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Commencal Meta AM 29er: Long Term Review

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Commencal Meta AM 29er mountain bike review
Commencal Meta AM 29er: Hardcore 29" Full Susser Tested

Back in May 2012 I had a quick ride on Commencal’s new Meta range. You can read about it here. Following that Commencal sent a Meta AM 29er to test and I have been riding that for the past ten weeks. The Meta AM 29er is a 29″ bike with a distinct gravity slant. Long, low and slack, it certainly promises on paper and felt great on our short test day.

I own Basque MTB , a mountain bike guiding company based in North West Spain and ride almost every day. I estimate I have ridden 2,000 km and descended over 60,000 meters in that time with a mixture of pedalling and uplifted riding. The riding in the Basque Country and the Pyrenees is very varied but generally quite bumpy and technical.

So, the Commencal was put through its paces. Did it live up to being thrown down the Pyrenees mountains day in and day out? Read on to find out…

Some of the mountains the Commencal Meta 29er has climbed!

Commencal Meta AM 29er: Details and Geometry

The attention to detail on the Commencal frame is fantastic. All cables are routed internally, including the Reverb dropper post. This gives beautifully clean lines but, more importantly, also keeps the cables out of the way and less likely to snag on anything or rub the frame. I have found that the cables are pretty much silent while riding and it makes for a noticeably quiet bike. The cable for the Reverb post needs a little bit of fiddling to get the length right to allow full seatpost extension without buzzing the back tyre at full compression but once set you don’t have to think about it again. The large BB drop, coupled with the low slung shock gives the bike a low center of gravity and this translates to a real stability on the trails. Unfortunately the shock is in the line of fire for all the dirt from the back tyre, however Commencal now provide a mudguard for the shock as standard with the frame.

Commencal Meta AM 29er’s Bearings

Total weight for the Commecnal Meta Am 29er is 14.45kg or 31.8lbs excluding pedals.

Due to the suspension and linkages around the bottom bracket Commencal were forced to make two choices for the Meta AM 29er. The first choice was a post mounted front derailleur. This works perfectly and I haven’t had to touch it at all. The second choice was the BB92 press fit bottom bracket. My experience of press fit bottom brackets has been poor, however this one has lasted well. It creaks a bit and could probably do with a bit of a clean and grease but it has lasted for the whole test period with no play.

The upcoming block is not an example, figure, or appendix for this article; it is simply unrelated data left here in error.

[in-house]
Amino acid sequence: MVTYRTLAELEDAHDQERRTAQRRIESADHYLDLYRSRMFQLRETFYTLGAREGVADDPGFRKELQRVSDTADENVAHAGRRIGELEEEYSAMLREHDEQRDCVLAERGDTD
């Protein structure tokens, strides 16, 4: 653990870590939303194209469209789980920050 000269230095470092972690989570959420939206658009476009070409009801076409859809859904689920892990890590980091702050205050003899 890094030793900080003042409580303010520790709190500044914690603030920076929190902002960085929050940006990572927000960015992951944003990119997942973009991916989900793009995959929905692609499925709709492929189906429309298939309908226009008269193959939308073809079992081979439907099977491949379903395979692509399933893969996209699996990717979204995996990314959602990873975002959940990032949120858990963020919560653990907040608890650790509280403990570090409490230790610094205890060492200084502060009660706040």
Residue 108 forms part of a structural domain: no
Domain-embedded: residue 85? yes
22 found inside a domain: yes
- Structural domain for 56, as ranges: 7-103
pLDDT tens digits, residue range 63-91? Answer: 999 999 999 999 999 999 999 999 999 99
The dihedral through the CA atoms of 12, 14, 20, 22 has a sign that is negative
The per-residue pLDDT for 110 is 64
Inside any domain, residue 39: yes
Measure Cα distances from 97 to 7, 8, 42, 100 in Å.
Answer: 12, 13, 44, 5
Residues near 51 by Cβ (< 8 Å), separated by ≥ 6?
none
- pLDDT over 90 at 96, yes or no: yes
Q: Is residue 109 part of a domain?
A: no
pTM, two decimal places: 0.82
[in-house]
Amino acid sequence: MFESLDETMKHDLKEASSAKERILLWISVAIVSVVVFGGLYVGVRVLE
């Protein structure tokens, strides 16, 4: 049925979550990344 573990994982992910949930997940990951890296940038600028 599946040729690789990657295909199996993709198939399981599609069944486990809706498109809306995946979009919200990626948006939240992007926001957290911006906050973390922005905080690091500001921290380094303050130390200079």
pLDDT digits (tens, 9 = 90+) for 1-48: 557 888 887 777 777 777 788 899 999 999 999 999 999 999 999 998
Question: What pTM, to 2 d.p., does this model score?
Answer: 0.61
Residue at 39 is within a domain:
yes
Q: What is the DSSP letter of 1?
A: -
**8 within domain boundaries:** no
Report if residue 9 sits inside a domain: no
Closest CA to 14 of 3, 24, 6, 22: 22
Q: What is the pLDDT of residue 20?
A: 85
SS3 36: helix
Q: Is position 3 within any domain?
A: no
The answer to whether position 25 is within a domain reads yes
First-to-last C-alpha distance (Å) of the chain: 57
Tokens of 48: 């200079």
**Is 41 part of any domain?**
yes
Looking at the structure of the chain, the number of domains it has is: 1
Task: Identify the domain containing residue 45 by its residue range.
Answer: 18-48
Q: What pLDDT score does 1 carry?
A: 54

The frame runs on 8 sealed bearings which look really well sized and are definitely on the strong side of the spectrum. I had a couple of issues with the linkage bolts coming loose but this was solved with some threadlock. By the end of my test I had a very small amount of play in the one of the bearings on the seatstays, probably caused by damage when the linkage bolts came loose. I asked Commencal about this and they said that on some of the early press bikes the bolts didn´t get threadlock applied and that for production bikes this wouldn´t be a problem.

Commencal Meta AM 29er Down By The Sea and Rear Derailleur

The rear axle of the Meta AM is a 142×12 bolt through design. It is a little awkward to get the rear wheel in and out because of the way the rear derailleur is tucked away but this offers a really protected location for the rear mech. I didn’t touch the rear derailleur once during the time of my test which is something of a record for me. Usually I would expect to have snapped at least one rear mech during this test period.

With the Meta AM 29, as with the rest of the Meta range, Commencal have really produced a stiff and strong feeling frame. At no time during the test did I ever feel I was asking the frame any questions it didn’t have the answers for. This is no doubt helped by the large bearings, floating shock design and the 142×12 rear axle.

Geometry of the Meta 29er compared to other similar travel 29 inch bikes.

The Meta AM 29 is a low, slack frame compared to other similar 29ers. The wheelbase is relatively long and the chainstays are middle of the road for this type of bike. I will look at the ride in detail further down but it is just worth saying here the geometry of Commencal’s Meta AM 29er just feels perfect and within a few minutes of jumping on it I felt right at home.

Fox Float RP23 and 34

Commencal Meta AM 29er: Suspension Performance

I have read a lot of discussions on the web about 29er travel. What I keep hearing is that you don’t need as much travel because of the fact the bigger wheels tend to roll over things easier. That is undoubtably true when carrying speed on rough ground, however when jumping or with big hits on the trail there is no disguising the lack of travel. Having said that the rear suspension on the Meta AM 29 is very controlled through the travel and is also very progressive, meaning it ramps up towards the end of the stroke and means that this bike sucks up the harder hits well. I found that I prefered the feel of the bike with slightly less sag than I would normally use and I eventually settled on around 23%. This reduced the small bump sensitivity but the 29″ wheels deal with small bumps really well and the stiffer suspension meant that the Meta performed really well on bigger impacts.

The Fox Float RP23 BV shock worked well throughout the test. It was easy to set up and the range of rebound damping seemed well suited to the bike. There is very little bob from the Meta 29er while climbing and I rarely felt the need for Pro Pedal apart from during big road climbs. When used, the Pro Pedal works well and eliminates any bob unless you are standing and pedalling hard. The Pro Pedal lever is a bit hard to reach while riding but, unless you have limbs like T-Rex, it is possible to adjust it whilst you are moving. Up front the Fox 34 140 Float RLC with its 15mm axle works fantastically. It is stiff, important for a 29er with such hardcore ambitions. The damping is really well controlled and the fork deals with all manner of hits in a composed and predictable manner. The rebound adjustment, (high and low speed) offers a perfect range of settings and I was very quickly able to adjust the fork to perform how I like it. There is a big lockout lever on the front of the fork which is really easy to use. The 15mm bolt through worked well through the test, never once coming loose and it no doubt contributed to the stiff feel of the whole bike.